26 Apr 2014

Caught In The Web: Roundup 26/04/2014

In Caught In The Web, we set aside the printed funny books temporarily to delve into the world of digital and web comics. Here we 'roundup' a selection of releases that have been launched into cyberspace over the past few weeks.

Writer: Guy Hasson
Art: Aron Elekes

Matt C: Another one of those stories that imagines the future of humanity as more fully enmeshed with technology, and very good it is too. There’s an almost dreamlike atmosphere that permeates through the issue, with the protagonist, Liz Wynter, often appearing more connected to her inbuilt operating system than the rest of the world, as though everything else is background. This effect is archived via the narration but also through some rather stunning artwork, with the dark, muted palettes ramping up the sense of isolation. The futuristic environments are well realised, with plenty of little details embellishing them, and the innate sadness Liz exhibits is quite a powerful hook into her world as it all begins to fall apart. A very impressive opener. 8/10

Writer: Martin Eden
Art: Martin Eden

Matt C: Not the kind of thing that crosses my path very often, and to be honest I probably naively didn’t realise what kind of demographic it was pitched at (although it became very quickly apparent, and I should've guessed from the cover!), but I’m not one to be too readily dismissive, so I gave it a shot. It’s kind of endearing (the relatively simple illustrations help a lot with that), has its moments of amusement and creates some entertaining friction within the team dynamic. Unfortunately, it positions itself rather squarely at an audience with a certain sexual orientation as it goes along, and while that’s more of an observation than a criticism, it’s an audience that I don’t belong to, which limits its appeal, for me at least. 6/10

Writer: Brian K. Vaughan
Art: Marcos Martin & Muntsa Vicente

Matt C: The cat is out of the bag now as the villain’s masterplan has been revealed, and while it appears obvious in hindsight, it’s still a bit of a rug-pull, one that I would not dream of spoiling for anyone else. Which leaves me to reiterate what I’ve said previously about this series: it’s a smartly constructed and paced noir riff, gorgeously illustrated by Martin (career-best stuff) and it bursts from the page/screen via Vicente’s bright, pop art colouring. I know everyone layers the plaudits on Vaughan for his work on Saga – and that series does indeed deserve the praise – but for my money he’s pipping it with The Private Eye. It may initially seem more contained than Saga, but closer inspection reveals it to be just as ambitious, its commentary much more pronounced and direct. It’s the kind of thing that’s a justifiable reason in itself to buy a tablet. 9/10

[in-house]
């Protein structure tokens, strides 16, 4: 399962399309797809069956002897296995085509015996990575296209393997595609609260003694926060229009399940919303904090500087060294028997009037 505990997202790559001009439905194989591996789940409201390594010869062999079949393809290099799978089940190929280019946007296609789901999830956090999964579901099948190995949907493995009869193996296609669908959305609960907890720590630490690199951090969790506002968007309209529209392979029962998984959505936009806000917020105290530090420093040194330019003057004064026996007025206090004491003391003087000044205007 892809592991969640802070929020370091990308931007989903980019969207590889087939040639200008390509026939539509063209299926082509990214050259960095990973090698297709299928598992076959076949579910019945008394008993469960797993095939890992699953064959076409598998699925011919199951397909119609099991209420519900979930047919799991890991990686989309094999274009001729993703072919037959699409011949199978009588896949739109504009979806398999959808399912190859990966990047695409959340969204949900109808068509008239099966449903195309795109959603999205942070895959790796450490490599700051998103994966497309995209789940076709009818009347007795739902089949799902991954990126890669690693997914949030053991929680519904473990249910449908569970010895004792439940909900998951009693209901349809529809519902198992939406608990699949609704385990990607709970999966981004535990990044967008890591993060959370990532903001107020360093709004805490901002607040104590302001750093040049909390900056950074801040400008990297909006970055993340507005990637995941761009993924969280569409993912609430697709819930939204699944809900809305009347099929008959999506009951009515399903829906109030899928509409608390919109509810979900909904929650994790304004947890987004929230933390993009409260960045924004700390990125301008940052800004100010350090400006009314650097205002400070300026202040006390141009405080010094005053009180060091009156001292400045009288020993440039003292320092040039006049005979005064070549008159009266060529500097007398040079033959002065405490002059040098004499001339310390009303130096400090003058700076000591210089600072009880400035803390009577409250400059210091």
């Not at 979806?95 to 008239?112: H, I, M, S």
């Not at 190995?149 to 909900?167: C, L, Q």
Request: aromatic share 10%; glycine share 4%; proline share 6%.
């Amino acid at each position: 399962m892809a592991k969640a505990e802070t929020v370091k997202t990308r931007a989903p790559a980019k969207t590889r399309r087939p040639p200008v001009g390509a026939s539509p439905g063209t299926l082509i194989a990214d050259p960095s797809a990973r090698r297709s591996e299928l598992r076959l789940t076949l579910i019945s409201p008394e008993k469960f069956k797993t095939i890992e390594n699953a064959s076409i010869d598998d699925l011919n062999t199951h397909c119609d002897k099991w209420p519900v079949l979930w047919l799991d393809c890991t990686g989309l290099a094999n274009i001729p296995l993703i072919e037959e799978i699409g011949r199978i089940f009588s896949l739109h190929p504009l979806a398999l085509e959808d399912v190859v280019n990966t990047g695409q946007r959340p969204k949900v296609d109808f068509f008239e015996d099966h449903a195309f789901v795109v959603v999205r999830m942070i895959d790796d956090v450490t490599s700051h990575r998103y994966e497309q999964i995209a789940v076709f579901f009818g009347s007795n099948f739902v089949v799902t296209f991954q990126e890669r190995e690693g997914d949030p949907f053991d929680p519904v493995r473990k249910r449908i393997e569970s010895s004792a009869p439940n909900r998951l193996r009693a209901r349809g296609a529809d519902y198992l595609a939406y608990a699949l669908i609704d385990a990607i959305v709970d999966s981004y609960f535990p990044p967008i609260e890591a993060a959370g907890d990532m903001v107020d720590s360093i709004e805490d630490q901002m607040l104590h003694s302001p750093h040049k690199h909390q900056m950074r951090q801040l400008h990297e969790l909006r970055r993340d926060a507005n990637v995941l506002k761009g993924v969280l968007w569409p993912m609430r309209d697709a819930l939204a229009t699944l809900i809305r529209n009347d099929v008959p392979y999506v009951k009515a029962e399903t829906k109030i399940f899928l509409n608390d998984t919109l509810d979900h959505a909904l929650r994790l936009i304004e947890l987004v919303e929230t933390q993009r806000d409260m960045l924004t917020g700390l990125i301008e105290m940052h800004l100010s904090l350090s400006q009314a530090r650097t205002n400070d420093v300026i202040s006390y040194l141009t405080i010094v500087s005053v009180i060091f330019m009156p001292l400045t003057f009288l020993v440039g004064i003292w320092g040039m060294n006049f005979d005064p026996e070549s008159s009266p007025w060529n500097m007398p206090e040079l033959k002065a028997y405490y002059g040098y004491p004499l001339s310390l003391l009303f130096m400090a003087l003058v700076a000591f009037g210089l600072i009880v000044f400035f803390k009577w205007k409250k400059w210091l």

Writer: Dan Slott
Art: Mike Allred

Matt C: Marvel have done a handful of these free ‘Infinite’ introductions to new series (Ms. Marvel being another recent one) and it’s a great tactic, giving the reader the chance to sample a title they may have reservations about (or reward those that are committed already with a little something extra). I’m a longtime Surfer fan but I’m afraid, as is often the case with this particular artist, the visuals didn’t really fit in with what I really want to see from this character. But again, it’s free, and as such presents itself as an opportunity to show me I’m wrong. And I have to admit, it almost did just that. Slott seems to have a reasonably good handle on the character and Allred’s art, against my expectations, captures the otherworldliness of the tale quite well. Having said that though, I didn’t get the feeling that the series would be a must buy for a Surfer fan. It shows promise, sure, but the cynical side of me says it’ll either get cancelled before it gets going or it’ll loses its impetus before it reaches that stage. Either way, a valiant effort but not quite enough to sway me towards a purchase. The two-part Infinity tie-in from last year, Against The Tide, was much more up street. 6/10

Writer: Alex De-Gruchy
Art: Michael Montenat & Ron Riley

Matt C: It would easy to dismiss this as nothing more than a Crossed knock-off with added superheroes but it's actually smart enough to withstand a lot of the kneejerk criticisms. The idea that superpowered beings are personae non gratae in the post-apocalyptic world presented in The Fallen, blamed for the catastrophe that led to the ruination of the planet and the rise of an unhinged cannibalistic sub section of humanity, is a strong one, even if you may be able to trace its antecedents. This second issue may not be suitable for the squeamish (there are some disturbing sequences), but those who can stomach it may find something that has the potential to step out of the long shadows cast by certain, more prominent stories, and stand beside them as an equal. 7/10

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